JOHN PHILIP SOUSA AND “THE FOURTH”
John Philip Sousa was born in Washington, D.C. in 1854. As the whole world knows, his father was Portuguese. (Not as many know that his mother was German.) Director of the U. S. Marine Band (1880-92), Sousa later formed his own band and it toured the world. Among most famous compositions are such indispensable marches as “Washington Post,” “Semper Fideles” (the official March of the U.S. Marine Corps), and “The Stars and Stripes Forever.” During his tenure as director of the U. S. Marine Band (1880-1892), which performed at government ceremonies, he found it necessary on occasion to compose original national hymns, including, at one point, a hymn for Fayal. Sousa died in 1932.
Like John Cage, Charles Olson, Robert Creeley, and many others who came to teach or study in the 1940s and ’50s, the poet Edward Dorn (1929-1999) was associated with the fabled Black Mountain College in North Carolina. A prolific poet, his publications include The Newly Fallen (1961), Hands Up! (1964), Geography (1965), The North Atlantic Turbine (1967), Gunslinger (1975), Captain Jack’s Chaps (1983), Abhorrences (1989), Chemo Sábe (2001) and many others.
“Sousa,” which was first published in The Newly Dead, calls on Dorn’s memories of childhood when rural mid-westerners celebrated the day punctuated by the Band Master’s triumphal marches, “in which no one is injured,” to lament post-World War II when the threat of global warfare waged with atom and hydrogen bombs first reared its ugly head. “Sousa” is quoted from Dorn’s Collected Poems 1956-1974 (Bolinas, California: Four Seasons Foundation, 1975), pp. 22-26.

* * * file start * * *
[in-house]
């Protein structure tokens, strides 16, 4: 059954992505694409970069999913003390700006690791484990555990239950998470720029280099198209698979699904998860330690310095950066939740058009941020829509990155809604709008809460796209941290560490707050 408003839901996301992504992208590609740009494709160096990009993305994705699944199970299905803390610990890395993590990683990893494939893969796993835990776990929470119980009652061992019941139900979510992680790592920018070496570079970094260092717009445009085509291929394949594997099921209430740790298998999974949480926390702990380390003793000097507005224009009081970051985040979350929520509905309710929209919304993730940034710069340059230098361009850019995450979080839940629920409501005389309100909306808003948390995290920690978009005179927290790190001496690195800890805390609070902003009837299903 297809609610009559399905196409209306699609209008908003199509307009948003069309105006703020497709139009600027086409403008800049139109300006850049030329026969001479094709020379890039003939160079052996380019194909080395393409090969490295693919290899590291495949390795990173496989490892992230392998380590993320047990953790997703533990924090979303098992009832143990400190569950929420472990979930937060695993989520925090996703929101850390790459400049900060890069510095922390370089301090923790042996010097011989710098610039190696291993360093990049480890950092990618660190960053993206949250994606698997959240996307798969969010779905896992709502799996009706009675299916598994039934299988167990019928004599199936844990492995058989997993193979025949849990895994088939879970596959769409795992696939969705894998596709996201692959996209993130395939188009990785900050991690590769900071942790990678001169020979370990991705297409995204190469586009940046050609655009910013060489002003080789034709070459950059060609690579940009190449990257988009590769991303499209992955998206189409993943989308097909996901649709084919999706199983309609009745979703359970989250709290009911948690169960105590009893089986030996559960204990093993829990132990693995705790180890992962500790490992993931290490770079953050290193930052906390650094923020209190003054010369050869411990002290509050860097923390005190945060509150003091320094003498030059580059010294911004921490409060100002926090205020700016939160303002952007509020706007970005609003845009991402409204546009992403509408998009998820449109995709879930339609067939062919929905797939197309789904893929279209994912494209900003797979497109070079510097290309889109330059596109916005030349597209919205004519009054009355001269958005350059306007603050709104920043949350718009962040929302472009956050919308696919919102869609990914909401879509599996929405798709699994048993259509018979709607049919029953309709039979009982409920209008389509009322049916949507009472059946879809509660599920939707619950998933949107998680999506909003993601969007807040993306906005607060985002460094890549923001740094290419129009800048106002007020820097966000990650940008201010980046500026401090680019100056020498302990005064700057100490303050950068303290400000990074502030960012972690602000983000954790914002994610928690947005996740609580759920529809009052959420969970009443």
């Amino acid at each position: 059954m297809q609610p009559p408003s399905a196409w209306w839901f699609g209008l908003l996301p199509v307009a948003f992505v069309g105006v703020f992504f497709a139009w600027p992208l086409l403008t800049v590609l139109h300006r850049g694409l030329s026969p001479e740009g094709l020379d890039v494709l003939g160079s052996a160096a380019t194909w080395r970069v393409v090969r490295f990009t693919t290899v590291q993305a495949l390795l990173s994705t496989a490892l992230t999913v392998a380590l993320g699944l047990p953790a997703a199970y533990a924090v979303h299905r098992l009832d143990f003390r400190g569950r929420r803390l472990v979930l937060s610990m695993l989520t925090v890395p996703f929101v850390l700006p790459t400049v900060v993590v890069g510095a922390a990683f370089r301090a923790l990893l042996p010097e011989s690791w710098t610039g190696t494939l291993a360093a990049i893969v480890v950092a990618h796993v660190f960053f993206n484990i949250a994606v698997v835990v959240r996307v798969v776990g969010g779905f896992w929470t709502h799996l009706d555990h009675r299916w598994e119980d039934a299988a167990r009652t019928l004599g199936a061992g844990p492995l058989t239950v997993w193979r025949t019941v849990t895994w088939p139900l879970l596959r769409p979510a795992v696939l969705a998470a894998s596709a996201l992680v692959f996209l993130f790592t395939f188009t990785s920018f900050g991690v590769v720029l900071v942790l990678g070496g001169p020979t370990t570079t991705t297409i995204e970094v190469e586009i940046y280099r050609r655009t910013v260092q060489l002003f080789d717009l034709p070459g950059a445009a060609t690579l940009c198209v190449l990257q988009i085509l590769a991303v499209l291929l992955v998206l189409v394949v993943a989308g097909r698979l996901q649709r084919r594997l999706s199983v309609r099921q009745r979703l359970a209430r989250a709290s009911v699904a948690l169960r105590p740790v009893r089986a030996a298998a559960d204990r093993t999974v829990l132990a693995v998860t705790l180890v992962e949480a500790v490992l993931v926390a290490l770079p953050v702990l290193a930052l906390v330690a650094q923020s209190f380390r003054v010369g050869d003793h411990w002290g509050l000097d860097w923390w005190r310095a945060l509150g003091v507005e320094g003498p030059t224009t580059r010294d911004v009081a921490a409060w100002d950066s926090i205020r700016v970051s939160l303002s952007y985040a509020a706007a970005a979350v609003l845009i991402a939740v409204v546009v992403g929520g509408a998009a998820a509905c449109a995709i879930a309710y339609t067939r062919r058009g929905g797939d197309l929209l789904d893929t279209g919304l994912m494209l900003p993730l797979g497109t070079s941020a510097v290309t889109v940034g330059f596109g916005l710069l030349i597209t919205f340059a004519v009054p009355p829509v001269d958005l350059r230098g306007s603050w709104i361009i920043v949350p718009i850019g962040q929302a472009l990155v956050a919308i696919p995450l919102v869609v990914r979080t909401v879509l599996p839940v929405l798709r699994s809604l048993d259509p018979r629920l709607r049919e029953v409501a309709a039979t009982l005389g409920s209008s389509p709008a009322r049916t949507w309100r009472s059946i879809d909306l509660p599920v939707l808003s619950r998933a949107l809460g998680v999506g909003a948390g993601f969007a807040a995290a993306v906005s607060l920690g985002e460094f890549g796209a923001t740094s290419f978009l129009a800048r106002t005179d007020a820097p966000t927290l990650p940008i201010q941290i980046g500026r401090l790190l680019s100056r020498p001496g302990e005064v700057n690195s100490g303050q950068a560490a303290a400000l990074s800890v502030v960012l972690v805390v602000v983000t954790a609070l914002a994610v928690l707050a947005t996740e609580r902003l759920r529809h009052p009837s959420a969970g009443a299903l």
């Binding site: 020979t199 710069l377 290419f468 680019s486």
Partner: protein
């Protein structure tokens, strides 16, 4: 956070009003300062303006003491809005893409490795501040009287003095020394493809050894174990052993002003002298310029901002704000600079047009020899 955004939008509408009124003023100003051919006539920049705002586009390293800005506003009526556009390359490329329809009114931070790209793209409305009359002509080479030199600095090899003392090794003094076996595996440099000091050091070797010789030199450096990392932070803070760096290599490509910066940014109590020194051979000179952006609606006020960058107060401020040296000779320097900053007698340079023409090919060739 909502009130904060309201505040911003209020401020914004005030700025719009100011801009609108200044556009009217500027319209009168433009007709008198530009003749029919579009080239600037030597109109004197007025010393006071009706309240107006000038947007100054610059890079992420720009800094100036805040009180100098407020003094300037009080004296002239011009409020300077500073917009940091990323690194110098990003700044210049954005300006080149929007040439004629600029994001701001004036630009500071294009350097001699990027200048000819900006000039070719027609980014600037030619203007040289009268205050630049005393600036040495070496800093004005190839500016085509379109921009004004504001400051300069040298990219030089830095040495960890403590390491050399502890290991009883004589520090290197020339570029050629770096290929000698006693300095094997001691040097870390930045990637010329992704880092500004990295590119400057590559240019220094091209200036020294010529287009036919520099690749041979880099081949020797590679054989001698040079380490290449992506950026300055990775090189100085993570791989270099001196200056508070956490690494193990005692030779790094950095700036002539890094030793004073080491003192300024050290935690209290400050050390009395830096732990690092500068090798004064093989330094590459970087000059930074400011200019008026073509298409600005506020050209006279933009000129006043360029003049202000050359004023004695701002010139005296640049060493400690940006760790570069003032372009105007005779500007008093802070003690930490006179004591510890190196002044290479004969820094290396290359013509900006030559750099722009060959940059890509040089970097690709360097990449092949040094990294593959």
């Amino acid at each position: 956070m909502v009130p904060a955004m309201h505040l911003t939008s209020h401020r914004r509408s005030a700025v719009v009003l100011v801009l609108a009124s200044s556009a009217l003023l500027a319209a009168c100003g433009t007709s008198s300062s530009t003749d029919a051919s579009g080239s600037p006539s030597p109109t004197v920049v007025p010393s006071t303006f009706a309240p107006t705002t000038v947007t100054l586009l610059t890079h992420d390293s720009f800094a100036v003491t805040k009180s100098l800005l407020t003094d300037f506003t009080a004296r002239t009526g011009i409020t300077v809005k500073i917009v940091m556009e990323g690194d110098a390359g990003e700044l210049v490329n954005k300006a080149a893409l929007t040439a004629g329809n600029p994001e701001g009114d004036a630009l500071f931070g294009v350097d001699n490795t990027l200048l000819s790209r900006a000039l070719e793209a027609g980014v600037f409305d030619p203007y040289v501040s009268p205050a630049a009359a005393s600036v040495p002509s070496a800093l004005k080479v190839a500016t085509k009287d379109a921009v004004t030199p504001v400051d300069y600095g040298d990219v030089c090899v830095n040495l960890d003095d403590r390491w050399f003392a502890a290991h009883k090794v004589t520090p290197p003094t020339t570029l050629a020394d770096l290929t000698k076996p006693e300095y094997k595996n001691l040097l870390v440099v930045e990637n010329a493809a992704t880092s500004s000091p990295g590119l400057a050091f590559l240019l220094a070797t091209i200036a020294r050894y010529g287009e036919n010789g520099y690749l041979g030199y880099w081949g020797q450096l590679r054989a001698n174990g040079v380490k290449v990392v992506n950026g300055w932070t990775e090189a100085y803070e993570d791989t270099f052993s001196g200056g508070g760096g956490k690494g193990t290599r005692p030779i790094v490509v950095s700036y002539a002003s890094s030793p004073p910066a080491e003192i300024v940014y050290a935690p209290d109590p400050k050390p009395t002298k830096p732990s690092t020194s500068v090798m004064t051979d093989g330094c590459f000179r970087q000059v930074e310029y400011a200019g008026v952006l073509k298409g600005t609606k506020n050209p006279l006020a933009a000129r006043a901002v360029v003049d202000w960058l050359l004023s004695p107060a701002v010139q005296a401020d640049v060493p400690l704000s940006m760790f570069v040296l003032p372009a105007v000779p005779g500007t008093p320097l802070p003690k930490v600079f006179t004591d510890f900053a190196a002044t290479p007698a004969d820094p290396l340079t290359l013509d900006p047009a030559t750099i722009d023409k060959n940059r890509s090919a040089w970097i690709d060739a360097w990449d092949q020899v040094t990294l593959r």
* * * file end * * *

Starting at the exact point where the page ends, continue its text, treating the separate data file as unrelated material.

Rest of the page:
Great brass bell of austerity
and the ghosts of old picknickers
ambling under the box elder when the sobriety
was the drunkenness. John,
you child, there is no silence
you can’t decapitate
and on forgotten places (the octagonal)
stand, Windsor, Illinois, the only May Day
of my mind) the fresh breeze
and the summer dresses of girls once blew
but do not now. They blow instead at the backs
of our ears John,
under the piñon,
that foreign plant with arrogant southern smell.
I yearn for the box elder and its beautiful
bug, the red striped and black plated-
your specific insect, in the Sunday after noon.
Oh restore my northern madness
which no one values anymore and shun,
its uses, give them back their darkened instinct
(which I value no more) we are
dedicated to madness that’s why I love you
Sousa, you semper fidelis maniac.
And the sweep
of your american arms
bring a single banging street in Nebraska
home, and your shock
when a trillion broads smile at you
their shocking laughter can be heard long after
the picnickers have gone home.
March us home through the spring rain
the belief, the relief
of sunday occasion.
Your soft high flute and brass
remind me of a lost celebration I can’t
in which I volunteered as conqueror:
the silence now stretches me
Come back into the street bells
and tin soldiers.
But there are no drums.
no drums, loudness,
no poinsettia shirts,